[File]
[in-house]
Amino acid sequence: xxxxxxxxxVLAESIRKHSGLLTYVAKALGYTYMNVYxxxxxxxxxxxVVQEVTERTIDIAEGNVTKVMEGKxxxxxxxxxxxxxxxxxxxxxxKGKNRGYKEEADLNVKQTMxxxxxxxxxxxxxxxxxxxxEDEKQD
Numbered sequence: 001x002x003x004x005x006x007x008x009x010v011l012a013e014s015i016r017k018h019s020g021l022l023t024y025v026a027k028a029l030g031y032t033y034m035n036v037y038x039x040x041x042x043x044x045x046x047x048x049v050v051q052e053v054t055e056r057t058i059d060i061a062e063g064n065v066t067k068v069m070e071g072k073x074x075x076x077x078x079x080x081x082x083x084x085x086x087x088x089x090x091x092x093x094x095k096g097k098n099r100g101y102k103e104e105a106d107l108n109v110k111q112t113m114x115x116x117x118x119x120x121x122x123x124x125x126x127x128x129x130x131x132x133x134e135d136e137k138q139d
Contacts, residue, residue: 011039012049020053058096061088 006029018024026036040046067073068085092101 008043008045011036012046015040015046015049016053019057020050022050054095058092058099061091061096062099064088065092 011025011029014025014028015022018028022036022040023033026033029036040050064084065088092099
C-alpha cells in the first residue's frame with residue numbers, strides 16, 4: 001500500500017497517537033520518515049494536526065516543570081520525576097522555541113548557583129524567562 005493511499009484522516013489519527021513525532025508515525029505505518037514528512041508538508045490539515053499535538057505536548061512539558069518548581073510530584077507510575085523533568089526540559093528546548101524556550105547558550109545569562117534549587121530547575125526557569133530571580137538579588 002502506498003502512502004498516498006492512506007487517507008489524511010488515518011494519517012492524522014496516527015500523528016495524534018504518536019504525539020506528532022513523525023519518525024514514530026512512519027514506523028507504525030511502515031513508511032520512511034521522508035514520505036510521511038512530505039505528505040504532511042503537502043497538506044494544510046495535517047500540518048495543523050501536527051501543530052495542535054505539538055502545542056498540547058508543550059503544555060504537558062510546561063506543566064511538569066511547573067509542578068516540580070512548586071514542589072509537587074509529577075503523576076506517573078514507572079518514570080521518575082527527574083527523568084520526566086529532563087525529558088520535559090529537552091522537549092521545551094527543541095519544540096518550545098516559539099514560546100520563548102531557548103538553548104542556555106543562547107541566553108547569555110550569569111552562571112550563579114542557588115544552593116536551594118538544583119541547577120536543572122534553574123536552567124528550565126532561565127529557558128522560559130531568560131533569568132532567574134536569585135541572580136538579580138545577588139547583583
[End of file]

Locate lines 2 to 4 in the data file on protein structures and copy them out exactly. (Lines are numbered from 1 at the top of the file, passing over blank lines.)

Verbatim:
Amino acid sequence: xxxxxxxxxVLAESIRKHSGLLTYVAKALGYTYMNVYxxxxxxxxxxxVVQEVTERTIDIAEGNVTKVMEGKxxxxxxxxxxxxxxxxxxxxxxKGKNRGYKEEADLNVKQTMxxxxxxxxxxxxxxxxxxxxEDEKQD
Numbered sequence: 001x002x003x004x005x006x007x008x009x010v011l012a013e014s015i016r017k018h019s020g021l022l023t024y025v026a027k028a029l030g031y032t033y034m035n036v037y038x039x040x041x042x043x044x045x046x047x048x049v050v051q052e053v054t055e056r057t058i059d060i061a062e063g064n065v066t067k068v069m070e071g072k073x074x075x076x077x078x079x080x081x082x083x084x085x086x087x088x089x090x091x092x093x094x095k096g097k098n099r100g101y102k103e104e105a106d107l108n109v110k111q112t113m114x115x116x117x118x119x120x121x122x123x124x125x126x127x128x129x130x131x132x133x134e135d136e137k138q139d
Contacts, residue, residue: 011039012049020053058096061088 006029018024026036040046067073068085092101 008043008045011036012046015040015046015049016053019057020050022050054095058092058099061091061096062099064088065092 011025011029014025014028015022018028022036022040023033026033029036040050064084065088092099